Normally, I might urge Mensa to take a stand against censorship. However, given Mensa's charter, I simply urge you NOT to take a stand of any sort. A Mensa requirement to rate one's web pages is a requirement that members proclaim they are in favor of global censorship of the internet, which is strongly at odds with Mensa's statement that "American Mensa does not dictate the design nor the content of your personal home page." American Mensa should carefully consider whether it wants to even maintain the rating on its home page, much less require all members to rate. Mensa cannot honestly state that it holds no political views while making political statements such as these.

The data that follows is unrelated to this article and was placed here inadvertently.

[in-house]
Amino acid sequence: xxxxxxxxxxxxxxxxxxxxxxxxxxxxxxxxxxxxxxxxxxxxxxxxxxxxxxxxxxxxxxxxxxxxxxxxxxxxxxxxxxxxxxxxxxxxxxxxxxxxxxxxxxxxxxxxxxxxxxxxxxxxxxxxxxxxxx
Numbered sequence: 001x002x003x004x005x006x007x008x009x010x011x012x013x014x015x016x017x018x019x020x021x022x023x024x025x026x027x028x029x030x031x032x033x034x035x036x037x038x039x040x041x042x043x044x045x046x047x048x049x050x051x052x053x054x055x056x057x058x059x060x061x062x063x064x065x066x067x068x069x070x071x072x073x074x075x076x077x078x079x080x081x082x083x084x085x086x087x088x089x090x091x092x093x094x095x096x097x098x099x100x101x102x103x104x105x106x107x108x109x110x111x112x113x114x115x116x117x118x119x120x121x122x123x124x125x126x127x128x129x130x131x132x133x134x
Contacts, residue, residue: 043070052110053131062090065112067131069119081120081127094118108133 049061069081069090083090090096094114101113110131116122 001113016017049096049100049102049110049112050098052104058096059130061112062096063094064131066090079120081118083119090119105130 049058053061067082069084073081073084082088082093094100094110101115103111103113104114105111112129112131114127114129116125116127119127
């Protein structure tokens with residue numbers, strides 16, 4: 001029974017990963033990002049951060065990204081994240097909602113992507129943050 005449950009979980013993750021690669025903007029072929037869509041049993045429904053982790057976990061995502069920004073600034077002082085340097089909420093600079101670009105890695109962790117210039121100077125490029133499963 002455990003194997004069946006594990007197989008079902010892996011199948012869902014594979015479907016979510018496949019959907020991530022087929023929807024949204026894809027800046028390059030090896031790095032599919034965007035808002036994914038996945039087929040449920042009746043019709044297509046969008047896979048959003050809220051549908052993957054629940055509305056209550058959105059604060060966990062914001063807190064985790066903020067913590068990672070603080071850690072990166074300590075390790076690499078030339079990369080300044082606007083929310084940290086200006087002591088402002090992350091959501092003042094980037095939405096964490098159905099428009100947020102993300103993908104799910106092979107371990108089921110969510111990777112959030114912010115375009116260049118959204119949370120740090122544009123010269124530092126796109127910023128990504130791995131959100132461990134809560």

If anyone has any questions about the political, social, or technical aspects of PICS, please feel free to contact me at jellicle@inch.com. This message may be forwarded in its entirety to Mensa mailing lists or other areas where it would be on-topic and promote discussion. I've copied this letter to a number of people in the Mensa governing committees who seem affected by this issue, see below. Thanks for listening.

-- Michael Sims
The Censorware Project

References, in no particular order:


Michael Sims is a New York City-based activist and charter member of The Censorware Project. He maintains the group's site at http://censorware.org.